INDIA

This Indian Cleanup App Could Clean Up the World

INDIA
Oct 23, 2014 at 12:12 PM ET

There’s a whole lot of public shaming going on in India these days. The government is helping people publicly shame officials who are accepting bribes, and now Indian app-makers want to literally clean up the streets by shaming authorities into action.

The Swachh Bharat app is a newcomer in the crowdsourced governmental info world, but it’s a simple, effective way to highlight public lapses of sanitation. Download the app, and when you spot something unsightly on the side of the street, snap a picture, tweet it via the app, and the transgression gets marked on a map.

The app links in with Indian Prime Minister Narendra Modi’s mission to Clean India, a nationwide campaign comprising 4,041 towns that pledges to render India spotless by 2019. Although the app has yet to receive official government backing, it’s the cleanest (no pun intended) of several contenders linked to the campaign.

The beauty of it is that the pictures and the mapping together make for really simple corroboration. Take this picture, for example, from northwestern Bangalore. You can see a very distinct water tower in the distance, beside the road and a gigantic mess of garbage.

Now check out this grab of the map. You can see the road, and below and to the right, the water tower. Location identified, now send in the sanitation engineers—how delightfully efficient! The app sends out a tweet, published to the map, and then the team behind it periodically updates the local authorities with items they may wish to tackle.

Any app like this lives and dies on pickup, though, and from a glance at the map it has generated, it’s still in its very early stages. However, the creators claim they have 750 active reporters. (Note to creators: 1,260,929,250 potential reporters left to recruit!) There are just a few icons generated by eagle-eyed trash spotters, pointing out garbage heaps and the like.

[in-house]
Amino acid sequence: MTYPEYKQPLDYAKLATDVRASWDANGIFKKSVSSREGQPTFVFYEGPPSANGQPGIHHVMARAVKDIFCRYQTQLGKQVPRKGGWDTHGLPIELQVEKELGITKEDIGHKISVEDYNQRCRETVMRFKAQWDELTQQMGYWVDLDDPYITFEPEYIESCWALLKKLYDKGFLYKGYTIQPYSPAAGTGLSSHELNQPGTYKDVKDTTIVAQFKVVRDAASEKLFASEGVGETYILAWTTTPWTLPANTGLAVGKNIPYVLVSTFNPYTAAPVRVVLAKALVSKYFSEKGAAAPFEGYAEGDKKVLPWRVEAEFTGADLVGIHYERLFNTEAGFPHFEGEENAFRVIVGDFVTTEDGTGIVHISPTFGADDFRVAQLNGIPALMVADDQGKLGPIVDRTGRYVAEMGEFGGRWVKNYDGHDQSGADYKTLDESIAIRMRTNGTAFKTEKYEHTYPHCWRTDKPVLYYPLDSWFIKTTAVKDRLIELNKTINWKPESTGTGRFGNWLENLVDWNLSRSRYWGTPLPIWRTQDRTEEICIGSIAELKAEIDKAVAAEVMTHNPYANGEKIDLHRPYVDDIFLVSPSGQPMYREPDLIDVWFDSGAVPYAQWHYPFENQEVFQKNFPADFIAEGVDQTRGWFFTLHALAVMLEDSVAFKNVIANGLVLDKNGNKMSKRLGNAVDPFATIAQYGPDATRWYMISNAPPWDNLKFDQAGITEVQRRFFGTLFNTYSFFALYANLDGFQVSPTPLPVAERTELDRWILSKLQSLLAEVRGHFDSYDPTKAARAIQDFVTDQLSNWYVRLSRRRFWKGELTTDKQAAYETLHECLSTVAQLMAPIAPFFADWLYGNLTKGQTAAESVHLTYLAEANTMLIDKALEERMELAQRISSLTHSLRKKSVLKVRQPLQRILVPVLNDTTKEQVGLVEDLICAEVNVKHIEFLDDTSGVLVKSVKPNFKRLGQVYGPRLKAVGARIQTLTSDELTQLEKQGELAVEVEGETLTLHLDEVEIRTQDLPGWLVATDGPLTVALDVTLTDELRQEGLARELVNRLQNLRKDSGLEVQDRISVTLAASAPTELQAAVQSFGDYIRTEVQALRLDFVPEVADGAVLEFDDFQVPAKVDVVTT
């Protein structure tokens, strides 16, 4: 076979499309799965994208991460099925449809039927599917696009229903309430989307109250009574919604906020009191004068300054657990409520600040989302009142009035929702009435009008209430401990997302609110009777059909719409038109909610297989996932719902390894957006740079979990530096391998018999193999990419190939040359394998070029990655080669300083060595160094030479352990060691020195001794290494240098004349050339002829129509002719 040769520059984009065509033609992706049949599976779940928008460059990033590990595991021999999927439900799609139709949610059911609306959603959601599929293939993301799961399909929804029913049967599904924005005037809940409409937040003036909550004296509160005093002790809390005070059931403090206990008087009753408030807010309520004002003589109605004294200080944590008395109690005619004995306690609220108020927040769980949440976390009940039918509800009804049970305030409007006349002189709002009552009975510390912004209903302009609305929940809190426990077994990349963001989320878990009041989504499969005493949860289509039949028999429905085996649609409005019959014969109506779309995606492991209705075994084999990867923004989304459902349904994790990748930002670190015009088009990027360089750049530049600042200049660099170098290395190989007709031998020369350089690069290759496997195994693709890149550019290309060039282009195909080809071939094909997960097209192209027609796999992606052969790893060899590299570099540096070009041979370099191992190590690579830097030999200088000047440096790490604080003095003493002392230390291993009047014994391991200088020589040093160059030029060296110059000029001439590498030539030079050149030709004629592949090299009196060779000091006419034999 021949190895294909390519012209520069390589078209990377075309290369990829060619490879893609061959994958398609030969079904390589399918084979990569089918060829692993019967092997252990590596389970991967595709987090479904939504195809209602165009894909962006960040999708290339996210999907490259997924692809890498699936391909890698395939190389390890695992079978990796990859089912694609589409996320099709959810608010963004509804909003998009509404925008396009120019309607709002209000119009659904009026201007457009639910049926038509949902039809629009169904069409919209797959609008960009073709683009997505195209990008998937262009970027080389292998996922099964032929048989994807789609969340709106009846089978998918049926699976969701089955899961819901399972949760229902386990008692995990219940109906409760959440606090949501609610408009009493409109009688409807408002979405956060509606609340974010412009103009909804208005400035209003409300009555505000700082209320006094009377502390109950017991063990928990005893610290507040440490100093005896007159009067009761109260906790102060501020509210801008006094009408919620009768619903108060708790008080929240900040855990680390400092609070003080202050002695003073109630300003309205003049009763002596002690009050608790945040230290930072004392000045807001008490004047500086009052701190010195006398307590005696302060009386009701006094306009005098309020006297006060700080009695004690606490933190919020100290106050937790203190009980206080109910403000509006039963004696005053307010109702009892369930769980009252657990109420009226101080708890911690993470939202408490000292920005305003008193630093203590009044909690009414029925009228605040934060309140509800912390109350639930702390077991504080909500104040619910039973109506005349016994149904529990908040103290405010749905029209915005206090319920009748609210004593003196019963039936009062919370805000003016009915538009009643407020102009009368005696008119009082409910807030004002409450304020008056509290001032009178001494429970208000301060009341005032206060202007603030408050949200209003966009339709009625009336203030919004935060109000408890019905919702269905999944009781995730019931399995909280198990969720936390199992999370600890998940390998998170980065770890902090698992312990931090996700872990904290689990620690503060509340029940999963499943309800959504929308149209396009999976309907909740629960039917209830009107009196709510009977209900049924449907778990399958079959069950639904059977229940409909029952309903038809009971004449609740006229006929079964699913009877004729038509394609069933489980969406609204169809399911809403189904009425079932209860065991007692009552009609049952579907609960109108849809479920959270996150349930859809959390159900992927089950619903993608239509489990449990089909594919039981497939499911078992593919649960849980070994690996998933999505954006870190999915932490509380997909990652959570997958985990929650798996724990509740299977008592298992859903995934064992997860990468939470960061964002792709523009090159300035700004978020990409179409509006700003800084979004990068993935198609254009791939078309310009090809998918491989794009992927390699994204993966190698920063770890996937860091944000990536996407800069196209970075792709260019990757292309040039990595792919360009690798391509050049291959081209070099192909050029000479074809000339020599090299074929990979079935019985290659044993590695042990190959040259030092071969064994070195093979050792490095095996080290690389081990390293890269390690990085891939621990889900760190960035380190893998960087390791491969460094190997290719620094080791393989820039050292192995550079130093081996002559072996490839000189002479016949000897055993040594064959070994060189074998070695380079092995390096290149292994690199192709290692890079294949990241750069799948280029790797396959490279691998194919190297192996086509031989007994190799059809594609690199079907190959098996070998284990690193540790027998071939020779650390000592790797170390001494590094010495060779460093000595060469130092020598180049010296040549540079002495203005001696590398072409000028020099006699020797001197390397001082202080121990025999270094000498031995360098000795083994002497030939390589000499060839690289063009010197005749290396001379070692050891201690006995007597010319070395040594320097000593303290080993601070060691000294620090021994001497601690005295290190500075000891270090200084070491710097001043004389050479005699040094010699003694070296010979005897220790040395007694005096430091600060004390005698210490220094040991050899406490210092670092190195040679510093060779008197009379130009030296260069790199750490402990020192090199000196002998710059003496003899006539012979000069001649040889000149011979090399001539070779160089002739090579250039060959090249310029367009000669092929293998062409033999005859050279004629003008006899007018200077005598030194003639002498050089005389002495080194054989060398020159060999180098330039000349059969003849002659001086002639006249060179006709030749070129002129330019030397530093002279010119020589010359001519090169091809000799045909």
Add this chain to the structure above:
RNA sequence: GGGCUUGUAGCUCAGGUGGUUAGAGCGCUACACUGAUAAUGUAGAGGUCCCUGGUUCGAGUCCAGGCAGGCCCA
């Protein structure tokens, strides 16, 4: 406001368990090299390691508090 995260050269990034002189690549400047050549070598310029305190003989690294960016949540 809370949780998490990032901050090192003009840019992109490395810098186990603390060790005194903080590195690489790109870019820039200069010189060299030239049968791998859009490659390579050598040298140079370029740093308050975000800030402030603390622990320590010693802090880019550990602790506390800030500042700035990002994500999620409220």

The app is available on Android but not yet iOS, but hey, in a country where Android has 90 percent market share at a conservative estimate, that makes perfect sense. One thing that would push it past the tipping point would be backing from Facebook, which is apparently in the cards after Facebook CEO Mark Zuckerberg met with Modi earlier in October, hinting that the social media giant would assist with app development.

Another nice little touch is that the developers have put their code online via code-sharing site GitHub so that others can either make suggestions or use it for their own purposes. The simplicity of the platform could have a million uses. The combination of mapping and direct comms could work nicely for crowdsourced verification for journalism, or maybe it could help the guys launching a SWAT app to halt police brutality. Most obviously, any other local authority could use it to highlight lapses in sanitation, or required roadworks, or basically any lapse in local services to their local authority.

So potentially, if it gained traction, this app could help clean up the entire world. Wouldn’t that be nice?